Terrain is the shape of the ground in a game world.
How terrain is made
Terrain can be generated by hand, generated using algorithms, copied from existing real terrain, or made using a combination of these methods.
Hand-crafted worlds are the most creative. It takes a lot of work to hand-craft terrain, making large-scale hand-crafted worlds impossible. Most recent game worlds are hand-crafted, which is why their worlds are relatively small. Most game engines include terrain-crafting tools.
Algorithmic creation, better known as "procedural generation", uses software to generate random landscapes based on a set of rules. Procedurally-generated worlds can be vast, but it's hard to make them realistic, and new places tend to be predictable.
Finally, a world can be generated by mimicking an existing world. NASA's Shuttle Radar Topography Mission
(SRTM) project provides
90-meter elevation resolution of most of Earth's surface, and the USGS provides the National Elevation Dataset
(NED) for the US with 10-meter resolution. The data available includes elevation, ground cover, forest height, imagery, and more. There are similar (but less detailed) data sources for the moon and some other planets.
The technical side of terrain
Terrain is usually treated differently from other shapes and objects in the game. For speed optimization, it's unique and limited, because it's technically challenging to display enough terrain distance to reach a realistic horizon. Games commonly hide that limitation using these methods:
- Atmospheric "fog" that gets thicker in the distance, limiting the view distance.
- A "cutoff" where the terrain simply stops displaying, resulting in visually incomplete shapes.
- Terrain that encloses the player in a valley, with rising sides surrounding them, limiting view distance.
- Level of Detail (LOD) that turns distant terrain into a 2D "billboard" that's much faster to display to the player, and similar techniques.
In the real world, distance to the horizon depends on a viewer's elevation and atmospheric effects. At higher elevations, one can potentially see farther. Wikipedia calculates
that the distance to the horizon varies from 5 km (3.1 mi) at standing height, to 111km (69 mi) at 800 meters (2600 feet). Another article
estimates that in ideal conditions one could see 750 km (466 mi). More reasonable typical distances seem to be 15-100 km (10-60 miles).
Most games support a much shorter view distance for performance reasons. First Earth will use Unity3D's
default terrain system, in combination with atmospheric effects, to achieve a realistic-feeling view distance, though it may not reach the realistic hundreds of kilometers on most computers.
Another common limitation of game engines is terrains that are based on height maps. Heightmaps are an efficient way of handling terrain; a heightmap is a simple grid (array) of numbers describing the height of the terrain at each point. If the terrain is 1-meter resolution, the heightmap would have one number for each meter length. A 5x5 heightmap of a hill would look sort of like this:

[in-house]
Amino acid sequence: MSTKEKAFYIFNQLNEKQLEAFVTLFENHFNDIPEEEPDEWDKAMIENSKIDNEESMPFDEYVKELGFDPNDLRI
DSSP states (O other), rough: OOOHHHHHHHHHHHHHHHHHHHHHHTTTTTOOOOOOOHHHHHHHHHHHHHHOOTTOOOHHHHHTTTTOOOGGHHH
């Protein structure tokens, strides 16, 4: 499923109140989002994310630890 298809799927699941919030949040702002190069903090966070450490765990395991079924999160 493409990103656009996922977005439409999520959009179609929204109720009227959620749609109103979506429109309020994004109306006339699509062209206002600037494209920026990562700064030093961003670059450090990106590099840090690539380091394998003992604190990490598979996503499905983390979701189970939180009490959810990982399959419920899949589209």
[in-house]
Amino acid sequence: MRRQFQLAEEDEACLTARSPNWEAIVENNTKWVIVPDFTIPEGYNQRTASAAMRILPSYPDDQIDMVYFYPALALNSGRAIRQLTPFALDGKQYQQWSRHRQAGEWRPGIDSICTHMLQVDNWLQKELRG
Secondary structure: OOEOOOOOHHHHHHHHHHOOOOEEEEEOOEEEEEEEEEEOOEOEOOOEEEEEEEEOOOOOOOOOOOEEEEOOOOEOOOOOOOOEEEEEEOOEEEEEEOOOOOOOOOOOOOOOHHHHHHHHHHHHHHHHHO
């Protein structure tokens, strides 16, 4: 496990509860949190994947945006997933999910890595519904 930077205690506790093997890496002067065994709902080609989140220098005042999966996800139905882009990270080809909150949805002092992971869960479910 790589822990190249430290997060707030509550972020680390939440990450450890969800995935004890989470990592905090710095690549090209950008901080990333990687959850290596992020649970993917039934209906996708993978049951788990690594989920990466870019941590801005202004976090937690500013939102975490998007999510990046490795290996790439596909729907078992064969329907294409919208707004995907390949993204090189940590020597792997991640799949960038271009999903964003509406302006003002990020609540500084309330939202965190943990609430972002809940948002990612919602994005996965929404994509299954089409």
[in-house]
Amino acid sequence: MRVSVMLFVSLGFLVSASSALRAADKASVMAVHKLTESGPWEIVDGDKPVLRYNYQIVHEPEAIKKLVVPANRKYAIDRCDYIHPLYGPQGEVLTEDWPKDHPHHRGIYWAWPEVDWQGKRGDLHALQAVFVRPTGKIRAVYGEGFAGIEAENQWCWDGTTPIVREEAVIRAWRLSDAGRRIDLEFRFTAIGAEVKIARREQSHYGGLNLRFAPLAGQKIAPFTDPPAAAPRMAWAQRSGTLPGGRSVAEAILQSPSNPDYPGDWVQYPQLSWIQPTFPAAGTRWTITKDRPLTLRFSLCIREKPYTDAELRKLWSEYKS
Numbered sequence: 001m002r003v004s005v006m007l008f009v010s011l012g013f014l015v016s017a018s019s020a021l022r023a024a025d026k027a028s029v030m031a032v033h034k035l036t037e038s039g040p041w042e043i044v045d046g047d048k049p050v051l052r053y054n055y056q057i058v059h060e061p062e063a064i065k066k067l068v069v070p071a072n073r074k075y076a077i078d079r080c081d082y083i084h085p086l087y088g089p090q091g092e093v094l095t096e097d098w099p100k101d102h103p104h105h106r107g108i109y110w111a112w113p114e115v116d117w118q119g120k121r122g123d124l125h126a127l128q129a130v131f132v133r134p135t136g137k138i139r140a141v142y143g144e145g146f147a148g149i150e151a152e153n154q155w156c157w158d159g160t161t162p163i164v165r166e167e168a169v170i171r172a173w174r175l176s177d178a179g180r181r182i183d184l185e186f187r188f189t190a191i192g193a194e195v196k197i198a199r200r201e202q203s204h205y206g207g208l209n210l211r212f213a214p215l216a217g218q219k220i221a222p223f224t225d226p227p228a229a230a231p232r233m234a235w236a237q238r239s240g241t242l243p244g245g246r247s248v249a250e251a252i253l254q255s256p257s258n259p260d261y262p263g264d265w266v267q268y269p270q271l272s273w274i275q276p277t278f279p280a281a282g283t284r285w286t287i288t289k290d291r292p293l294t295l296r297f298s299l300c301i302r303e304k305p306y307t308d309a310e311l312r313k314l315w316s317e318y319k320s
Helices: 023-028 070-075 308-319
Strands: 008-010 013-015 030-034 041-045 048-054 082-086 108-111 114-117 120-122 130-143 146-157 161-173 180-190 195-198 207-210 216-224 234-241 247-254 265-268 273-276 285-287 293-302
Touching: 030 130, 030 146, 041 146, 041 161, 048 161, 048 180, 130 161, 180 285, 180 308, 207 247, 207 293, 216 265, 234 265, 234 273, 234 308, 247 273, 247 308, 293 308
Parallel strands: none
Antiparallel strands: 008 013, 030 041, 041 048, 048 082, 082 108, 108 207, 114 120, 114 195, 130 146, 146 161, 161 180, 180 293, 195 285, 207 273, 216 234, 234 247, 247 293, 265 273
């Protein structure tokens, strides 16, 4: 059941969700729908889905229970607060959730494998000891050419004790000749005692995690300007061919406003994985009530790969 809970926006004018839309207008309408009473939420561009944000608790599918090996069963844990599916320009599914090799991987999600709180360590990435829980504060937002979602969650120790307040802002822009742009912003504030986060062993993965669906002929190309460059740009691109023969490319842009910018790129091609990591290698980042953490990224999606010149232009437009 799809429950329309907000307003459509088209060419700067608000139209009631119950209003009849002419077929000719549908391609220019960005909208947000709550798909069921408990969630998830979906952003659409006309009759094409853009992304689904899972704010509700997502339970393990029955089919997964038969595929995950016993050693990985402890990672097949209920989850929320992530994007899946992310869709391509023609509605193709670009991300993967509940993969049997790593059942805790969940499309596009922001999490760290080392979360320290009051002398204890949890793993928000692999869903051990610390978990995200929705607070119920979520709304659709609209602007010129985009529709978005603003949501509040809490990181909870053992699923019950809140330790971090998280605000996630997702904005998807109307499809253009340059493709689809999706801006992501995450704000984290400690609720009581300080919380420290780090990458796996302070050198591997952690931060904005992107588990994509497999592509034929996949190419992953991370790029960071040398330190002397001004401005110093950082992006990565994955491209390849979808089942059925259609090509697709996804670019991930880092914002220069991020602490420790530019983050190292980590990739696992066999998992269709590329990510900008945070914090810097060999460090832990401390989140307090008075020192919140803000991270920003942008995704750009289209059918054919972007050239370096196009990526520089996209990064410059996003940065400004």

4 5 6 6 5
4 4 5 4 4
3 4 5 4 4
3 3 4 3 2
2 3 3 2 2
Heightmaps' limitation is that they can't represent overlapping terrain, such as overhangs, sheer cliffs, or in particular, caves.
First Earth's terrain
Actual earth terrain data is being imported into First Earth's engine as the setting for the game. The starting place will have an area of more than 10,000 square kilometers, to be expanded to fill a continent as the game budget grows. The real-world location of the starting place remains a mystery for explorers to solve.
The data is imported from actual earth terrain data by an Erlang script that parses raw binary terrain data into 1000x1000 meter squares of 33KB each, then inserts each data point into a MongoDB
MongoDB was selected very carefully because of its suitability for this purpose, over any other storage option. (The second-best choice would have been Riak
, which is also an amazing piece of technology.) In MongoDB, the terrain data is distributed evenly across a cluster of MongoDB servers, so that the database can scale linearly with load. Because MongoDB is a document database, there is extra storage overhead. On top of that, everything must be indexed for fast access. In the end, each 10,000 square km (100 kilometers square) of terrain requires 16GB of storage space.
When Proxima (the game server) receives a successful player login from the game client, Proxima queries MongoDB for several terrain chunks (1000 meter, 33KB) surrounding the player. It receives that instantly, then streams it in binary to the Unity3D client, which parses it, loads blank terrains into the game, then applies the height data to the terrains. The player is now surrounded by terrain!
Minecraft, Dungeon Siege, and voxelsMinecraft
is a super-innovative game, and one aspect of that is its voxel-based world, where the whole world consists of large blocks that can be arranged in any shape. There are a number of famous games that use voxels
, like Delta Force. Voxels are the next step in innovative game world terrains.
Here's a wonderful article about Dungeon Siege's continuous world